I spoke for what felt like a long time. I expressed my belief that it is important for young people to have adults other than their parents whom they can trust and go to for support. I also expressed my openness that should my daughters feel they could not discuss something with me, I hoped they would be supported by other adults like this girl had been. The reporter challenged me many times, continually trying to position me as the “irate, controlling parent” and I continued to restate and elaborate my position. I can’t remember all that she asked me, but her questions were along the line of “So if you were doing the washing and found the pill in your daughter’s pocket, you wouldn’t be upset?”. 

I was acutely aware that my daughter was present. Her presence did not affect my responses. However, in the back of my mind I thought that it was possibly a good thing for her to hear that I was calm and supportive of the young girl. (And secretly, I was incredibly relieved that only two weeks prior, I had opened up discussion with Kat about the topic of safe sex and contraception).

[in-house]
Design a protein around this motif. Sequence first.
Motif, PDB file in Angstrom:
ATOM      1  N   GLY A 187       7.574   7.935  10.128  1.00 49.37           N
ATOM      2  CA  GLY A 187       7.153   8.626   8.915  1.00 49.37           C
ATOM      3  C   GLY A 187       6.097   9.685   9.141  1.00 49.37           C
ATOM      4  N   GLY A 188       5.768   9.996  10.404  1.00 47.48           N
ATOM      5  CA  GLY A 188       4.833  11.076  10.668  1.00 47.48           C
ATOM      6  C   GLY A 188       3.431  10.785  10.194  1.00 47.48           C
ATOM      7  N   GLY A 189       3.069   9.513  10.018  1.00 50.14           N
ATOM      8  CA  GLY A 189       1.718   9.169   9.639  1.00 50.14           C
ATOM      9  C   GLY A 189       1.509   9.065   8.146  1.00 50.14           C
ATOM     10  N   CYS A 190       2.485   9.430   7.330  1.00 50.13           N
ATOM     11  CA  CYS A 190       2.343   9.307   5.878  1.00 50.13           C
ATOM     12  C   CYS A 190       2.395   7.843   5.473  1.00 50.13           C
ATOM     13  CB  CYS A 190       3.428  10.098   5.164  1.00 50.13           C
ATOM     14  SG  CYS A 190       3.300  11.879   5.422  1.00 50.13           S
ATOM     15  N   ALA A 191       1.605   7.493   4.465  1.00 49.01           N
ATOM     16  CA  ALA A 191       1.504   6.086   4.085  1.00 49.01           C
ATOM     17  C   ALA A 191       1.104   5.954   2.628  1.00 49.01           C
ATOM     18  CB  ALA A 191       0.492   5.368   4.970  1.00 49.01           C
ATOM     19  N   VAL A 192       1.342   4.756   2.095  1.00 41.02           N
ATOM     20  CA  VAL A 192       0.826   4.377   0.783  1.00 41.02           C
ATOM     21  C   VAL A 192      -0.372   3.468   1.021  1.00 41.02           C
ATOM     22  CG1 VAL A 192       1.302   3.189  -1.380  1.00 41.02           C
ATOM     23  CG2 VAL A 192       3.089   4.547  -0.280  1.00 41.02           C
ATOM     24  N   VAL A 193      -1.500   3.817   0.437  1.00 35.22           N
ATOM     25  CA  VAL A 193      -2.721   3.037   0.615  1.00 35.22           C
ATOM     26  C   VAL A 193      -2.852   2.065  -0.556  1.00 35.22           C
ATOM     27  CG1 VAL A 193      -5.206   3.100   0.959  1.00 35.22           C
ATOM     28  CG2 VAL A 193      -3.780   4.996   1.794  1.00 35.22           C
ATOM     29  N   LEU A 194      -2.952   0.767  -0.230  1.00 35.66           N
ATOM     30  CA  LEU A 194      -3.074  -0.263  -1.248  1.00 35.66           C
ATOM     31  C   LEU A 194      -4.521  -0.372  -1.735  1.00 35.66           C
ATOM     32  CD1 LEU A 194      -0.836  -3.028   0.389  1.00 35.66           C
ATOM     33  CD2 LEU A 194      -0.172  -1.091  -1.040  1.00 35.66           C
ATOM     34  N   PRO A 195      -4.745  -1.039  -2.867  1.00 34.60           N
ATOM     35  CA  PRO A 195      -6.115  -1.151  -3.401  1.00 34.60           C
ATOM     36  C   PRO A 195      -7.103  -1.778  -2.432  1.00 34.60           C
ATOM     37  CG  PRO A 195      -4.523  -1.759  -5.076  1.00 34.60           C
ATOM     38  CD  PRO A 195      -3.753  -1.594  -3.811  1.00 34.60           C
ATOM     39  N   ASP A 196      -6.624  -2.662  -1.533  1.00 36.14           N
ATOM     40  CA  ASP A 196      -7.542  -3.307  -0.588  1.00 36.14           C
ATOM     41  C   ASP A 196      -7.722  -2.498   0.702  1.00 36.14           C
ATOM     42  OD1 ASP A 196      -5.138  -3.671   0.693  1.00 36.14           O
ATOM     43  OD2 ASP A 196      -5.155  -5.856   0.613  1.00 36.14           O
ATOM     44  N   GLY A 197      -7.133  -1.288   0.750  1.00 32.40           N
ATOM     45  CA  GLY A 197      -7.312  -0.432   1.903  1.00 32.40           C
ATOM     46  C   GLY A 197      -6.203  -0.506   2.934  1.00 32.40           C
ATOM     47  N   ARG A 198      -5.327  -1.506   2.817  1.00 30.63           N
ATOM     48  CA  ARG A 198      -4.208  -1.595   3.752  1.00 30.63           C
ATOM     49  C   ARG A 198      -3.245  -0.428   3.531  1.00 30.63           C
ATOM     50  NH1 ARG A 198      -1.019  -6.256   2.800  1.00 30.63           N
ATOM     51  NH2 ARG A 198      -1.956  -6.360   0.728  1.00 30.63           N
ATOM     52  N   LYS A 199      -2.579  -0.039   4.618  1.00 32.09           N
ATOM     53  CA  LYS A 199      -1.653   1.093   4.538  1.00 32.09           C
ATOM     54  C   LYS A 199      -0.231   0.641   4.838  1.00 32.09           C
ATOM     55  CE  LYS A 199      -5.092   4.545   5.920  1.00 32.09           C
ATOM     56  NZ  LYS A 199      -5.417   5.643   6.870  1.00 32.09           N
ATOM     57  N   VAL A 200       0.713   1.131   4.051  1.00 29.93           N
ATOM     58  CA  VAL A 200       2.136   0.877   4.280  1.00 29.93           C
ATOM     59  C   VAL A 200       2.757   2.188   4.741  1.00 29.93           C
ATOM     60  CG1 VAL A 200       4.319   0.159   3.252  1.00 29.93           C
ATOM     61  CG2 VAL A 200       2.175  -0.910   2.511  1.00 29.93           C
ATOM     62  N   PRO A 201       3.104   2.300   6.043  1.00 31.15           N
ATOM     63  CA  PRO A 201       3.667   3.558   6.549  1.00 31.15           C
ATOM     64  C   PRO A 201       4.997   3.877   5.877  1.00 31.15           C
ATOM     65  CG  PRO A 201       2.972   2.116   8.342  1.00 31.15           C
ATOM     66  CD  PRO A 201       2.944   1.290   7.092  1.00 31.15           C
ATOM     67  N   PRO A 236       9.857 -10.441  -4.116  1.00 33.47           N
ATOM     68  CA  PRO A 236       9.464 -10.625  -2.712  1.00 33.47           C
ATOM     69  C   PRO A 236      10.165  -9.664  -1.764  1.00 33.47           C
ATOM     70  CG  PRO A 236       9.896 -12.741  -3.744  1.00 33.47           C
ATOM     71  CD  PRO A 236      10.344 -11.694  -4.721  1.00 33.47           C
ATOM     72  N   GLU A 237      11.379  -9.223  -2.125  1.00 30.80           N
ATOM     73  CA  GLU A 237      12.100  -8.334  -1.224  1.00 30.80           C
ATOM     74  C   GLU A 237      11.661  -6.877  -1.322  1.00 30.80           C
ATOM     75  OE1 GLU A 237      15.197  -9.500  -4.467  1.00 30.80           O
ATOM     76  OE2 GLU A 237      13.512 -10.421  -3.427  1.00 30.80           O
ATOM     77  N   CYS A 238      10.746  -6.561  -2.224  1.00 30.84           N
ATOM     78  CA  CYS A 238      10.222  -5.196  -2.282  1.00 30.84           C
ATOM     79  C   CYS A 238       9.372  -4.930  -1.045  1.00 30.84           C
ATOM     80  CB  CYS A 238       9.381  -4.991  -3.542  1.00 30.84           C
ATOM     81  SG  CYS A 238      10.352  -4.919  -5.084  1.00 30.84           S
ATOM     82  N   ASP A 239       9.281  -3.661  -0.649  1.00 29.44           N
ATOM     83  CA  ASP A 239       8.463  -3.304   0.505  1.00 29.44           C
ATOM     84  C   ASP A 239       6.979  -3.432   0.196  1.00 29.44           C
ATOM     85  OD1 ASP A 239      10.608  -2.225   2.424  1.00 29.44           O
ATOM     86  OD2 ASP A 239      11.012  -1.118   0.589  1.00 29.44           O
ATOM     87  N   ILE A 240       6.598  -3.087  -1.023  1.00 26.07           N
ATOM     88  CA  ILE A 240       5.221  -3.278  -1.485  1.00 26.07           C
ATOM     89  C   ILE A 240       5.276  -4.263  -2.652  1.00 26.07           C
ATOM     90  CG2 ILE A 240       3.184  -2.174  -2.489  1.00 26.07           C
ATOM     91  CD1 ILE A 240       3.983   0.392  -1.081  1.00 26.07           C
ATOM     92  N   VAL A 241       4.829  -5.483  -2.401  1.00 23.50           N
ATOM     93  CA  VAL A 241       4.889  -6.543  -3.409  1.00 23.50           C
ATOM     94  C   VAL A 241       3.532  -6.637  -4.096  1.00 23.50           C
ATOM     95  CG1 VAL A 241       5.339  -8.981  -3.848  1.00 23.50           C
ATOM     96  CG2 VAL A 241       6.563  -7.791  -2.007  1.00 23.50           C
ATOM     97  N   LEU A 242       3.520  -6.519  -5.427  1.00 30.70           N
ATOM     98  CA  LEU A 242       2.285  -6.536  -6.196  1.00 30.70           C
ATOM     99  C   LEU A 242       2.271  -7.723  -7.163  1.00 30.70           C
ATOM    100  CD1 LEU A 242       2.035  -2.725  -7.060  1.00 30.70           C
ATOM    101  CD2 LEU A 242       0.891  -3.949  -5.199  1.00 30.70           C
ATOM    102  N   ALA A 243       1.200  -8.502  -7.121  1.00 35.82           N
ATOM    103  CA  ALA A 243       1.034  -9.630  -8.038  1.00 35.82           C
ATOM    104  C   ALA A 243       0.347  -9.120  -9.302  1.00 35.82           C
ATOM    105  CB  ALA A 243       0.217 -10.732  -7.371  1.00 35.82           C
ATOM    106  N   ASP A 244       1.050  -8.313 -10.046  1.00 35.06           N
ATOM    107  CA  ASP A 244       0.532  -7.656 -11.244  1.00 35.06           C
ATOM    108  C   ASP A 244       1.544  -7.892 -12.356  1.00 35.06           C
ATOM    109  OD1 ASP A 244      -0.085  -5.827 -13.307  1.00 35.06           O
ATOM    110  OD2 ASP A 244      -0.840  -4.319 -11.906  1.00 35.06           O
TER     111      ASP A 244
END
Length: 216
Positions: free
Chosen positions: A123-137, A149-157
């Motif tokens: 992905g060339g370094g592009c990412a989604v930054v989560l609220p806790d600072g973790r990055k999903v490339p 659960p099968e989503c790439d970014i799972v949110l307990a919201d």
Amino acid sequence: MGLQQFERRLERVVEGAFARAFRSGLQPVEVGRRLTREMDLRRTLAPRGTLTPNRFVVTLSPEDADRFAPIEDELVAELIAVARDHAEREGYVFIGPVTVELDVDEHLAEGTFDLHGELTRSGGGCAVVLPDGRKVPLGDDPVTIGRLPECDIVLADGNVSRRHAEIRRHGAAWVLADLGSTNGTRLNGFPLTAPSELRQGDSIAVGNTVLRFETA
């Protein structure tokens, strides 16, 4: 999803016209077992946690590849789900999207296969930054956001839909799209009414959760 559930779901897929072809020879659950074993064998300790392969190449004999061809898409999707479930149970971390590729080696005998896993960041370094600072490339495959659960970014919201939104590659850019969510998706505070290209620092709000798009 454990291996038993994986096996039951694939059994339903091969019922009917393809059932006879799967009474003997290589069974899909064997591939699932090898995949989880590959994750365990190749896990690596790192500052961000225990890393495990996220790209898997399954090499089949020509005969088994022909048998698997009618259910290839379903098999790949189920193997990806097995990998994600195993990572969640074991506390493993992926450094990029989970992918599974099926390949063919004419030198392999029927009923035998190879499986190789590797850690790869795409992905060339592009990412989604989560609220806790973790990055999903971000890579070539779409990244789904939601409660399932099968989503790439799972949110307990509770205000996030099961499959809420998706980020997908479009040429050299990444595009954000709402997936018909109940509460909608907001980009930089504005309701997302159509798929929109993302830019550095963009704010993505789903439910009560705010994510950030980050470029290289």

When they interviewed Kat, I felt extremely proud. She spoke clearly with confidence and expressed her views succinctly. I had felt quite nervous and slightly emotional, but I did not detect any nerves in her. If they were a TV crew, I suspected that they would use the footage of Kat. Towards the end of her interview they asked her to paraphrase her views using their words, which were, “I think its good that she was looking after herself”. After our interview, they thanked us and we walked away.  We didn’t ask who they were, and they didn’t tell us. It remained a lingering curiosity as we drove home and discussed the experience.